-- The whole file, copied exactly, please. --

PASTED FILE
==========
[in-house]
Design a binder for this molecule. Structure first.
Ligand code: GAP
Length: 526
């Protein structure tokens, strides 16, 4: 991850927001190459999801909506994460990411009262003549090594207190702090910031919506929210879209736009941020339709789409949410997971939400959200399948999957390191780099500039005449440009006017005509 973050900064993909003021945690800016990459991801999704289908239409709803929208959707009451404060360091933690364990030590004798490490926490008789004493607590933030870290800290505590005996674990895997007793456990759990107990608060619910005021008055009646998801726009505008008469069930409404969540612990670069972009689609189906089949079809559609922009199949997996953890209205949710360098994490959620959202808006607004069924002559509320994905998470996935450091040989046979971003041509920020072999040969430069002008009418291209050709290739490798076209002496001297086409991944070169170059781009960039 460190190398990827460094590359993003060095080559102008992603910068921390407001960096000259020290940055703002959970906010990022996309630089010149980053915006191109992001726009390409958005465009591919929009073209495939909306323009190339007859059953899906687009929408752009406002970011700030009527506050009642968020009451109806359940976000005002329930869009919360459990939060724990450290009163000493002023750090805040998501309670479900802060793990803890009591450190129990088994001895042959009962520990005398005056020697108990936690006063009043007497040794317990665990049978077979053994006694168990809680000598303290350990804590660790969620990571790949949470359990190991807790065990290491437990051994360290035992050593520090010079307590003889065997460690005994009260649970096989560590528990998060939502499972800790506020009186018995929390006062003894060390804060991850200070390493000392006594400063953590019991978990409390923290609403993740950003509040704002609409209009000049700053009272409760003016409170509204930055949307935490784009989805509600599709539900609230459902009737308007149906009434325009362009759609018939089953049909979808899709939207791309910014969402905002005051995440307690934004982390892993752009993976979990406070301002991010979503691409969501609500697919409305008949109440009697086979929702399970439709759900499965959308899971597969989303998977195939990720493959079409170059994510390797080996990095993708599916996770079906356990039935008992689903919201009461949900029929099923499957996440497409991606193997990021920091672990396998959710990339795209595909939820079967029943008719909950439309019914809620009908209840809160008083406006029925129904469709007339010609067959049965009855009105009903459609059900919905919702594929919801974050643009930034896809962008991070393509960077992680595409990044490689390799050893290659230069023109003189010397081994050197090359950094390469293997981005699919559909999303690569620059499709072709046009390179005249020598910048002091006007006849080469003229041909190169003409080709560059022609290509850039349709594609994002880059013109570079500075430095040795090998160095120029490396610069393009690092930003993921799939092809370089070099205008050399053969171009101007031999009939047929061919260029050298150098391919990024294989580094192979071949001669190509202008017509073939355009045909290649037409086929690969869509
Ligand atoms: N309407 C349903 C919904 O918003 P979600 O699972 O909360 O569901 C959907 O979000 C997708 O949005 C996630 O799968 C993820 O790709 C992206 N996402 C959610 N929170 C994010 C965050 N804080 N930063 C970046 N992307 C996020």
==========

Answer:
[in-house]
Design a binder for this molecule. Structure first.
Ligand code: GAP
Length: 526
């Protein structure tokens, strides 16, 4: 991850927001190459999801909506994460990411009262003549090594207190702090910031919506929210879209736009941020339709789409949410997971939400959200399948999957390191780099500039005449440009006017005509 973050900064993909003021945690800016990459991801999704289908239409709803929208959707009451404060360091933690364990030590004798490490926490008789004493607590933030870290800290505590005996674990895997007793456990759990107990608060619910005021008055009646998801726009505008008469069930409404969540612990670069972009689609189906089949079809559609922009199949997996953890209205949710360098994490959620959202808006607004069924002559509320994905998470996935450091040989046979971003041509920020072999040969430069002008009418291209050709290739490798076209002496001297086409991944070169170059781009960039 460190190398990827460094590359993003060095080559102008992603910068921390407001960096000259020290940055703002959970906010990022996309630089010149980053915006191109992001726009390409958005465009591919929009073209495939909306323009190339007859059953899906687009929408752009406002970011700030009527506050009642968020009451109806359940976000005002329930869009919360459990939060724990450290009163000493002023750090805040998501309670479900802060793990803890009591450190129990088994001895042959009962520990005398005056020697108990936690006063009043007497040794317990665990049978077979053994006694168990809680000598303290350990804590660790969620990571790949949470359990190991807790065990290491437990051994360290035992050593520090010079307590003889065997460690005994009260649970096989560590528990998060939502499972800790506020009186018995929390006062003894060390804060991850200070390493000392006594400063953590019991978990409390923290609403993740950003509040704002609409209009000049700053009272409760003016409170509204930055949307935490784009989805509600599709539900609230459902009737308007149906009434325009362009759609018939089953049909979808899709939207791309910014969402905002005051995440307690934004982390892993752009993976979990406070301002991010979503691409969501609500697919409305008949109440009697086979929702399970439709759900499965959308899971597969989303998977195939990720493959079409170059994510390797080996990095993708599916996770079906356990039935008992689903919201009461949900029929099923499957996440497409991606193997990021920091672990396998959710990339795209595909939820079967029943008719909950439309019914809620009908209840809160008083406006029925129904469709007339010609067959049965009855009105009903459609059900919905919702594929919801974050643009930034896809962008991070393509960077992680595409990044490689390799050893290659230069023109003189010397081994050197090359950094390469293997981005699919559909999303690569620059499709072709046009390179005249020598910048002091006007006849080469003229041909190169003409080709560059022609290509850039349709594609994002880059013109570079500075430095040795090998160095120029490396610069393009690092930003993921799939092809370089070099205008050399053969171009101007031999009939047929061919260029050298150098391919990024294989580094192979071949001669190509202008017509073939355009045909290649037409086929690969869509
Ligand atoms: N309407 C349903 C919904 O918003 P979600 O699972 O909360 O569901 C959907 O979000 C997708 O949005 C996630 O799968 C993820 O790709 C992206 N996402 C959610 N929170 C994010 C965050 N804080 N930063 C970046 N992307 C996020």